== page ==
EU signs gas deal with the US to limit its reliance on Russia

Around 40 percent of the EU's gas needs are currently met by supplies from Russia. /Brendan Smialowski /AFP

A gas deal between the U.S. and the European Union was struck on Friday, in a bid to free Europe from its reliance on Russian energy.

It was announced during U.S. President Joe Biden's visit to Brussels, as the EU leaders' summit came to an end.

A "joint game plan" was how Biden described the export an extra 15 billion cubic meters of liquefied natural gas (LNG) from the U.S. for the EU market this year.

"This initiative focuses on two core issues," he said. "One, helping Europe to reduce its dependency on Russian gas as quickly as possible, and secondly, reducing Europe's demand for gas overall."

Around 40 percent of the EU's gas needs are met by supplies from Russia. The long-term aim is for an annual boost of 50 billion cubic meters of LNG from the U.S. to the EU.

"I know that eliminating Russian gas will have costs for Europe," said Biden. "But it's not only the right thing to do from a moral standpoint, it's going to put us on a much stronger strategic footing."

The extra LNG will replace the energy supply the EU currently receives from Russia, keeping the heating on whilst moving the EU closer to its goal of greater gas stability.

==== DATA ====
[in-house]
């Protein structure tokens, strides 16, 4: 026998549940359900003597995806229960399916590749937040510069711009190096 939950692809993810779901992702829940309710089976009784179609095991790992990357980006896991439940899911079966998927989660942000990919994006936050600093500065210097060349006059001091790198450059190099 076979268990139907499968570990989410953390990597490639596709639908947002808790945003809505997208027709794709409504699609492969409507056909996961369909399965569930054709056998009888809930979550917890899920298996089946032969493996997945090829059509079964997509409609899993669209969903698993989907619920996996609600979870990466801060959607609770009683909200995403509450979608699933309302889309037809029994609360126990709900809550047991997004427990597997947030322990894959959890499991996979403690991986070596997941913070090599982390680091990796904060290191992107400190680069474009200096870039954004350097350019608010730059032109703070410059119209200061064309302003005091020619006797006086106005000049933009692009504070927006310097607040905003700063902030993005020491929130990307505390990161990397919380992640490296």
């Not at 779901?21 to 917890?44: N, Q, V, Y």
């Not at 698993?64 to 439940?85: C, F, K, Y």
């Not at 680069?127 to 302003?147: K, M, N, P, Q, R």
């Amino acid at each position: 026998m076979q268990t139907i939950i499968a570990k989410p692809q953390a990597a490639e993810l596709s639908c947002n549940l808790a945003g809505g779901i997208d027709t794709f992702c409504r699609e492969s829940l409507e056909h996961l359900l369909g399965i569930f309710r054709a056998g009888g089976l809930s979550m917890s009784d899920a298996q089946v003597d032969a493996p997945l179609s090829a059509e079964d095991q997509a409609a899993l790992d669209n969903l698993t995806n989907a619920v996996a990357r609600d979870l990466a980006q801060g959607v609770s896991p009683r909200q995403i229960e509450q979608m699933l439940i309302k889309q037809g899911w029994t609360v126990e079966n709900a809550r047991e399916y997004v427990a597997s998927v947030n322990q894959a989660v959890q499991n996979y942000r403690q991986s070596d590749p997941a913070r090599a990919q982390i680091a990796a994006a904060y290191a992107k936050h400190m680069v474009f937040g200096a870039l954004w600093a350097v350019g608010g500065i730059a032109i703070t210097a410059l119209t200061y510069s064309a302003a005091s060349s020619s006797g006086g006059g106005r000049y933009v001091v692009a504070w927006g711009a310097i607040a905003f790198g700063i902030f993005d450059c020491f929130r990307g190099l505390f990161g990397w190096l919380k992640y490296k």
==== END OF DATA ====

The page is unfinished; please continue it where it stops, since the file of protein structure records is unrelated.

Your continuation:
European Commission president Ursula von der Leyen said: "We want as Europeans, to diversify away from Russia towards suppliers that we trust, that are our friends and that are reliable."

European gas prices have recently been among the highest in the world.

At the EU summit on Friday, the leaders' split on energy prices was clear to see. Some countries want market intervention to bring down prices, while others are opposed to it.

And some EU leaders doubt prices will be affected by the U.S. gas deal, saying that already full capacity at LNG terminals in the U.S. and the EU means an increase in deliveries will be hard.

But they agreed on one thing: to rid Europe of its dependence on Russian energy as soon as possible. When asked when that would be, the Slovenian Prime Minister Janez Jansa said, "Later than we wish, and sooner than Mr Putin wishes."

Amid the concerns about security of supply and surging prices, Biden also noted the crisis presents an opportunity to "double down" on clean energy goals.

The gas deal includes a pledge to reduce the greenhouse gas intensity of all the new infrastructure and pipelines that will be used to make the extra supply happen.